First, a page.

Card and online banking fraud are on the increase throughout the United Kingdom despite recent measures to bolster encryption methods, according to new figures from the Financial Fraud Action group (FFA UK).
The figures indicate a worrying trend in which fraudsters are turning to computer viruses to extract financial information, ranging from credit card details to intimate financial histories of internet users.
According to the FFA, £247.6m was lost due to banking fraud between January and June 2014, an increase of fifteen percent since last year.
Losses deriving from remote banking fraud totaled £35.9m, up more than 50 percent since last year. Online banking fraud, meanwhile, has risen by 71 percent since last year, totaling £2.9 million.
The increase in banking fraud comes despite the rollout of new technologies that use complex encryption methods to secure customer accounts.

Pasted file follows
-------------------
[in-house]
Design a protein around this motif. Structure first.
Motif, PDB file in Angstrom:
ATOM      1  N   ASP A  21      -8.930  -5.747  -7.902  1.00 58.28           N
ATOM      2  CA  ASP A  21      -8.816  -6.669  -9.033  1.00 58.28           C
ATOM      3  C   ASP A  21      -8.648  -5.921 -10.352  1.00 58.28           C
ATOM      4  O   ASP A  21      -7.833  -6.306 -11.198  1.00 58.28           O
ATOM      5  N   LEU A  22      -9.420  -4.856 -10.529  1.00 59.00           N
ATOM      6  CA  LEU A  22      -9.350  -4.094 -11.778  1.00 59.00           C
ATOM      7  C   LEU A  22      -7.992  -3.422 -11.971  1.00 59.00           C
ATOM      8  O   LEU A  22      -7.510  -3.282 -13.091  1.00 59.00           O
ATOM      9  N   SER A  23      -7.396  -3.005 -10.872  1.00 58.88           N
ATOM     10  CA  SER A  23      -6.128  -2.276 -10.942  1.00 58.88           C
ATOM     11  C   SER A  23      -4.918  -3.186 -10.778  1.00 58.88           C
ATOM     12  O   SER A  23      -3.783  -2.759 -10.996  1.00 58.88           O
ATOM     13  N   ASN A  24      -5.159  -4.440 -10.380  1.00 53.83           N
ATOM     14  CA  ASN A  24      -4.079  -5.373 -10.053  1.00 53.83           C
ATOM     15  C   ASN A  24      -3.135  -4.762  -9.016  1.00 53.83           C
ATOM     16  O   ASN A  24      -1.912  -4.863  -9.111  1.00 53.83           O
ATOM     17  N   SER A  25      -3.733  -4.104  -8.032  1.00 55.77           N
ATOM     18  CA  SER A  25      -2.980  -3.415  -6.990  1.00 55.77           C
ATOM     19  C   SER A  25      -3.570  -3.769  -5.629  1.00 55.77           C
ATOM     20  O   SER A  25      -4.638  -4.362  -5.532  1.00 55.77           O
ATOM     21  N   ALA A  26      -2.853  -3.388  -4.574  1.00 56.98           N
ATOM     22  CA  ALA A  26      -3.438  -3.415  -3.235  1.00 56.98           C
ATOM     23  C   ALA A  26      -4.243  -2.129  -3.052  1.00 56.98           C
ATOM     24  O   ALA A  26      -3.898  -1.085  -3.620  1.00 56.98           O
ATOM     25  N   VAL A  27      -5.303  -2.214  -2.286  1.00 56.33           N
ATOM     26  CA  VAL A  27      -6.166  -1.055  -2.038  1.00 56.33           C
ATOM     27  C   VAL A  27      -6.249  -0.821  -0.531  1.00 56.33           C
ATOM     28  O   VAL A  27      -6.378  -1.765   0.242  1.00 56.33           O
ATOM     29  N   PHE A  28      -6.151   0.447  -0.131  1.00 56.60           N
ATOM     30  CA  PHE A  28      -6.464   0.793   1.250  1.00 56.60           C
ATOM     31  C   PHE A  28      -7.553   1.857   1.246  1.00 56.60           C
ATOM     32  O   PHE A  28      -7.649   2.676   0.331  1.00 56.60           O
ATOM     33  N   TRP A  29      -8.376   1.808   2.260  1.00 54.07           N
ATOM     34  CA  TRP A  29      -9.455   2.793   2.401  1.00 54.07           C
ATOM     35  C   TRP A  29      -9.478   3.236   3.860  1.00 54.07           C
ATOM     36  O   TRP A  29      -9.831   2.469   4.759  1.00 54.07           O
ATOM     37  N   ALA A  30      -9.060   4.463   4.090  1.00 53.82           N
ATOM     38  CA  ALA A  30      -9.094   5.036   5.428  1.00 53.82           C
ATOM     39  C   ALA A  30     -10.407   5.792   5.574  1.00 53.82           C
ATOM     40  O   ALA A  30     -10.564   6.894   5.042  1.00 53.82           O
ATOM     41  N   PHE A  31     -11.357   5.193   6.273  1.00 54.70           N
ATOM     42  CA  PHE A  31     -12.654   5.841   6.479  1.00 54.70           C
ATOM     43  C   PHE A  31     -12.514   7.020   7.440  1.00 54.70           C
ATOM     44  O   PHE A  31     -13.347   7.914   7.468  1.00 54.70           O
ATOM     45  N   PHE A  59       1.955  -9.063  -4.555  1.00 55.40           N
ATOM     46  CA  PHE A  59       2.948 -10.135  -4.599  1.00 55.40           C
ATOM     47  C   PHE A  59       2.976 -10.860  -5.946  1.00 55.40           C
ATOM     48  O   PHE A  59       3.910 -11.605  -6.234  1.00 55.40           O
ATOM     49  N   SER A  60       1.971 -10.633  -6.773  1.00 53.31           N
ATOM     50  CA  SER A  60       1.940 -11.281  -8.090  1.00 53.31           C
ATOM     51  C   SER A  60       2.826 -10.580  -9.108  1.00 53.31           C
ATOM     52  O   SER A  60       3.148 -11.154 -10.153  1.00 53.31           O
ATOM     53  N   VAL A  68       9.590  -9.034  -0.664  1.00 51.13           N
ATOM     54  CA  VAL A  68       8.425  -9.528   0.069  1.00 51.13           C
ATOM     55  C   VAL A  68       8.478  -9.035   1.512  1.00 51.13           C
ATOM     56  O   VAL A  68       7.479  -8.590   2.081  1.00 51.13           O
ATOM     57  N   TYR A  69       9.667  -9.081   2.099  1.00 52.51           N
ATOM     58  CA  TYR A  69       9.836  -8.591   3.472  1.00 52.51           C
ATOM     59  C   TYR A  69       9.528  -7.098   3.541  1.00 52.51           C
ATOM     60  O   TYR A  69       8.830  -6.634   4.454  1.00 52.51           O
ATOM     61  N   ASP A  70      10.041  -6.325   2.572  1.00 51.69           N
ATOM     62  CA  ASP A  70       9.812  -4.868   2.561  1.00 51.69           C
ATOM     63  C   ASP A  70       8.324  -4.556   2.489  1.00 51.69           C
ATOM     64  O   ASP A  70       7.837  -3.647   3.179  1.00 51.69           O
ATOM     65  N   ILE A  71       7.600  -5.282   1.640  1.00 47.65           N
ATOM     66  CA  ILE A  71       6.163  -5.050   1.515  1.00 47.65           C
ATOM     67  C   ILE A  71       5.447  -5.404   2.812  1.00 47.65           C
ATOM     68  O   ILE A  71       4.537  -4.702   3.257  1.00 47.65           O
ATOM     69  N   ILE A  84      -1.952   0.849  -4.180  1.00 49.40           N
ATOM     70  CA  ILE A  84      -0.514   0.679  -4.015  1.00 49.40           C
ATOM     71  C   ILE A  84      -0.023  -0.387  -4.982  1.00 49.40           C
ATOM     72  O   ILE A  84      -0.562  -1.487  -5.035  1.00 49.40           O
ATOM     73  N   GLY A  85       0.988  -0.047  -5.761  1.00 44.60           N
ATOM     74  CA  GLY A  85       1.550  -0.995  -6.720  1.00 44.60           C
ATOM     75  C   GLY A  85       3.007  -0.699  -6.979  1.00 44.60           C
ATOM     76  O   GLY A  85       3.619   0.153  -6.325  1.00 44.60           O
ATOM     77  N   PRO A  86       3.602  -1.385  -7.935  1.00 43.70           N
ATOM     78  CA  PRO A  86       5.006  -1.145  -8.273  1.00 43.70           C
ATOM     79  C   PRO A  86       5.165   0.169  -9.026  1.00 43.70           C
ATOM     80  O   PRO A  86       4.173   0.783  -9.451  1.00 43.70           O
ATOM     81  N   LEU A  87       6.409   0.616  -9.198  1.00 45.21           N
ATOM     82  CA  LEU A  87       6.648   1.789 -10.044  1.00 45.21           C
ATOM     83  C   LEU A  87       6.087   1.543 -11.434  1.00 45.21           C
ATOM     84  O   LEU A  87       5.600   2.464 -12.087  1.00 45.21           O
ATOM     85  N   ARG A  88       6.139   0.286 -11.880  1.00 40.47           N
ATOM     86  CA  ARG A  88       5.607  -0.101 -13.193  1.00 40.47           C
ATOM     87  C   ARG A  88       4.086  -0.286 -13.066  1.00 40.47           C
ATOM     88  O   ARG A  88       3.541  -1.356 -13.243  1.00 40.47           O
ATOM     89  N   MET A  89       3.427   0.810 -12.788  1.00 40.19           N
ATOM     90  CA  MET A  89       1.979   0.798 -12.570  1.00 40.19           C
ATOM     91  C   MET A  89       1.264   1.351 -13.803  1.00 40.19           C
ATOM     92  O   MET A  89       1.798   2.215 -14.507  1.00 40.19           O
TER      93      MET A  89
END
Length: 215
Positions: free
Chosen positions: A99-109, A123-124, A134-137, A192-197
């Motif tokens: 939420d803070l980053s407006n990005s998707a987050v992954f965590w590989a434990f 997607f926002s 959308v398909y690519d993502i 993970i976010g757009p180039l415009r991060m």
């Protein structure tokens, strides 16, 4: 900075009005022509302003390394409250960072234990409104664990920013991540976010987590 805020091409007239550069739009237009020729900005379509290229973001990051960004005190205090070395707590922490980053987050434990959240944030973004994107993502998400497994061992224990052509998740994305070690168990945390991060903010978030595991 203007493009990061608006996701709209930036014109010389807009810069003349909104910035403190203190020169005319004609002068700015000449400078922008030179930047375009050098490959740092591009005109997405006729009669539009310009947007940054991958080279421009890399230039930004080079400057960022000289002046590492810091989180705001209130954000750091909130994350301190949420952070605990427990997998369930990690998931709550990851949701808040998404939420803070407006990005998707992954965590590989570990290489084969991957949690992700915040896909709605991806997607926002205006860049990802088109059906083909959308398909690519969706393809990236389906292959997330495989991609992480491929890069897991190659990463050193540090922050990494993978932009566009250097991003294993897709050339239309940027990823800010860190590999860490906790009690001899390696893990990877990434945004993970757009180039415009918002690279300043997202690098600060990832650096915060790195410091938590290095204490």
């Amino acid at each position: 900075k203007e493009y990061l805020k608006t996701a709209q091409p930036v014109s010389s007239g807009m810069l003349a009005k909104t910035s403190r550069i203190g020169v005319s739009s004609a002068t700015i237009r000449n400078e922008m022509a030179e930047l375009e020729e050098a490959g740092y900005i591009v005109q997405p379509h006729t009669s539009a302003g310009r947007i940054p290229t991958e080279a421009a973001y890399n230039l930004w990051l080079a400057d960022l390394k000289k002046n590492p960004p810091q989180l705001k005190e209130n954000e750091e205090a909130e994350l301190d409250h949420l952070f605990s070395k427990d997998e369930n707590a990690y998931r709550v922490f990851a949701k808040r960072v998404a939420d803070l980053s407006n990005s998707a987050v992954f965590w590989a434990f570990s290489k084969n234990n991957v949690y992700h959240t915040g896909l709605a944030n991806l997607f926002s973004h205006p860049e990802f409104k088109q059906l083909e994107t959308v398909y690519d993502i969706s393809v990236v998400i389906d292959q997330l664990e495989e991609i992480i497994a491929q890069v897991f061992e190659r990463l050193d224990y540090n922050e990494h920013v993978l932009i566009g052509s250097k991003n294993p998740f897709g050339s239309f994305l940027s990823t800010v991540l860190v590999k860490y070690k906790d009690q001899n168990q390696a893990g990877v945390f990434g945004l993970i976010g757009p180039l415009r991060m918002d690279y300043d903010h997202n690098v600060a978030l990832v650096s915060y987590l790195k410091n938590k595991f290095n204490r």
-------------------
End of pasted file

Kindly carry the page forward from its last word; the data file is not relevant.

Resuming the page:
According to the FFA, fraudsters are also using ‘phishing’ techniques to extract bank information. This involves contacting individuals by telephone and posing as a representative of their bank.
“The technology banks have been introducing over the last three years has helped fight against online fraud, but unfortunately criminals are beating the security systems simply through pressuring people to give away their passwords,” a spokesperson from the FFA said.
The news will be a blow to banks, who routinely attempt to entice customers by guaranteeing their money is safe in their hands.
Banks, including Barclays, have invested millions developing technology designed to block hackers, including software that can identify an individual by reading their veins.